Bronchial thermoplasty for asthma: evidence is lackingBMJ 2014; 348 doi: https://doi.org/10.1136/bmj.g2724 (Published 14 April 2014) Cite this as: BMJ 2014;348:g2724
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We note with interest the concerns raised by Minerva, the Cochrane collaboration and Bhowmik about the efficacy of bronchial thermoplasty. The National Institute for Health and Care Excellence (NICE) Interventional Procedure Guidance agrees with their caution and states that the “evidence on the efficacy of bronchial thermoplasty for severe asthma shows some improvement in symptoms and quality of life, and reduced exacerbations and admission to hospital. Evidence on safety is adequate in the short and medium term. More evidence is required on the safety of the procedure in the long term. Therefore, this procedure should only be used with special arrangements for clinical governance, consent and audit or research” .
By recommending “special arrangements” the guidance requires clinicians to tell their hospitals that they are using the procedure; to ensure that patients understand the uncertainty about the procedure’s safety and efficacy; and to audit clinical outcomes for all patients. As part of its guidance development activities, NICE has established a process to promote the generation of high quality evidence where gaps prevent the development of comprehensive recommendations . As part of this initiative, Newcastle and York External Assessment Centre was commissioned by NICE to work with the BritishThoracic Society UK Difficult Asthma Registry to develop a dataset for bronchial thermoplasty and to collect data on clinical outcomes for all patients undergoing the procedure in the UK.
The Cochrane review found that studies showed moderate improvement only in quality of life of patients treated with bronchial thermoplasty and in the number of asthma attacks (exacerbations) that they experienced. But confidence in the results was considered moderate because of inequalities between study groups and use of sham in only one study. It is too early for us to draw conclusions from UK registry data but early results from the registry were presented to the British Thoracic Society Winter Meeting in December 2013. Indications are that the national cohort of patients are marginally older and have worse mean pre-bronchodilator FEV1 % predicted values and AQLQ scores at baseline than patients in previous clinical trials. No serious issues relating to equipment or adverse outcomes have been observed.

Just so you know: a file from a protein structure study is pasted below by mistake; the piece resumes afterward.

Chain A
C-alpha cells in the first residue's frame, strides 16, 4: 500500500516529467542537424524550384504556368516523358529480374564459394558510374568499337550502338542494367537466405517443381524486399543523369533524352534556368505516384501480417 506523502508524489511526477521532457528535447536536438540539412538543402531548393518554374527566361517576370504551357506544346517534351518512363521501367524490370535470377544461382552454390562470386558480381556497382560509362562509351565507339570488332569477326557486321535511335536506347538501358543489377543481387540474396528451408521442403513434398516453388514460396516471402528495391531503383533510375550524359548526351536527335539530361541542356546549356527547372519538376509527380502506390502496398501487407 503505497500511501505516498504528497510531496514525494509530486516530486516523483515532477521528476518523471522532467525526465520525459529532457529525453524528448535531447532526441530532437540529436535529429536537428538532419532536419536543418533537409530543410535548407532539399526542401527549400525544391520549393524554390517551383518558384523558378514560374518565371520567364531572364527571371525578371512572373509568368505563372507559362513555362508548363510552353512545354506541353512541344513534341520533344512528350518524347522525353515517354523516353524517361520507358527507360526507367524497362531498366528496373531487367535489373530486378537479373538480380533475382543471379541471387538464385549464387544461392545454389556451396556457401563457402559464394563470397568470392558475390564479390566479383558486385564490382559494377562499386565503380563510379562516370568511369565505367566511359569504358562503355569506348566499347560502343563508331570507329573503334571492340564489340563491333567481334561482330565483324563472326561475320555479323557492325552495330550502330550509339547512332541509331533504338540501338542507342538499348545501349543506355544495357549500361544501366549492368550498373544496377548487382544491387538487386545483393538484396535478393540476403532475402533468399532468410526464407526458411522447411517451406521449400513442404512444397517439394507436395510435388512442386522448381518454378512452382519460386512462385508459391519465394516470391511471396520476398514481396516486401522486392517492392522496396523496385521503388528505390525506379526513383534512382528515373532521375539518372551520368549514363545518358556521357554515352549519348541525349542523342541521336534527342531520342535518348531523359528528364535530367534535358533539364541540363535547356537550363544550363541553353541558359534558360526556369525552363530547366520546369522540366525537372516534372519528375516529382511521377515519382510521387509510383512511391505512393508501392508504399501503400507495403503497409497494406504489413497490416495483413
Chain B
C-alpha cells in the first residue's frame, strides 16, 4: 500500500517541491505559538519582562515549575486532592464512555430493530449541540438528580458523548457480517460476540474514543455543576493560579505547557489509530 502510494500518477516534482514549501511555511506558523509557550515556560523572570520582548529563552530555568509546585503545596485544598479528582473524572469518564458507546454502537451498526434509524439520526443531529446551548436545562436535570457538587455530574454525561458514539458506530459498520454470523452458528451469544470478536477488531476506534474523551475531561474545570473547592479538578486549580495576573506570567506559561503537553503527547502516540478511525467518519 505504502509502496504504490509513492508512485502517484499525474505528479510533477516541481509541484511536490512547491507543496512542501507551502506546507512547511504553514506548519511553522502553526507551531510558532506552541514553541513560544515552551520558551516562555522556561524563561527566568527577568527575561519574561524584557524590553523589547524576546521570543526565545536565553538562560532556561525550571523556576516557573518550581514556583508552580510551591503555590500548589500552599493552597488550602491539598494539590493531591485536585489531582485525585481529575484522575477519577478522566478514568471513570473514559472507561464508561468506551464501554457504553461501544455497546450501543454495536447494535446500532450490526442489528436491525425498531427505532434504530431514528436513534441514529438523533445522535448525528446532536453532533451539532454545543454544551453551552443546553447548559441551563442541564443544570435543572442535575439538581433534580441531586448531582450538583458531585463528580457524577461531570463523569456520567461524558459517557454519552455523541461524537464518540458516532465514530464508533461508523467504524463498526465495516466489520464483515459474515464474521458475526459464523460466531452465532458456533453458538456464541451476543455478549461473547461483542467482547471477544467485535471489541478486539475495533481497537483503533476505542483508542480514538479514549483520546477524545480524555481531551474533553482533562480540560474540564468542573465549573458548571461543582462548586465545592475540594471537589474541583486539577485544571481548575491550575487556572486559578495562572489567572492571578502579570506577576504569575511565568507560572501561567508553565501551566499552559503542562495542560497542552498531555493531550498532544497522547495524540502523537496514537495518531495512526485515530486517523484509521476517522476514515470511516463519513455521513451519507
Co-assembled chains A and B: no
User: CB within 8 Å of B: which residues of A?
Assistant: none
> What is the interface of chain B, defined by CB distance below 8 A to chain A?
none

The “special arrangements” put in place by NICE are also consistent with the recommendations in the International ERS/ATS guidelines on definition, evaluation and treatment of severe asthma These joint guidelines reviewed the evidence for this procedure and recommended that bronchial thermoplasty “……is performed in adults with severe asthma only in the context of an Institutional Review Board approved independent systematic registry or a clinical study…..’. They comment that “…… this is a strong recommendation, because of the very low confidence in the currently available estimates of effects of bronchial thermoplasty in patients with severe asthma. Both potential benefits and harms may be large and the long-term consequences of this new approach to asthma therapy utilising an invasive physical intervention are unknown. Specifically designed studies are needed to define its effects on relevant objective primary outcomes, such as exacerbation rates, and on long-term effects on lung function. Studies are also needed to better understand the phenotypes of responding patients, its effects in patients with severe obstructive asthma (FEV1 ,60% of predicted value) or in whom systemic corticosteroids are used, and its long-term benefits and safety. Further research is likely to have an important impact on this recommendation…..”
We support Torrego A et al in seeking evidence development for this potentially important intervention . The evidence gaps were recognised by NICE and on-going work organised through collaboration between the British Thoracic Society, the Difficult Asthma Network and NICE could make a valuable contribution to discussion about the place of bronchial thermoplasty in the management of severe asthma. It is important that Specialist Commissioning arrangements support data collection by a requirement upon designated centers to submit data on all patients undergoing the procedure.
Bhowmik A. Bronchial thermoplasty for asthma: evidence is lacking. BMJ 2014;348:g2724
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Torrego A, Solà I, Munoz A, Roqué i Figuls M, Yepes-Nuñez J, Alonso-Coello P, Plaza V - http://summaries.cochrane.org/CD009910/bronchial-thermoplasty-for-people...
Competing interests: No competing interests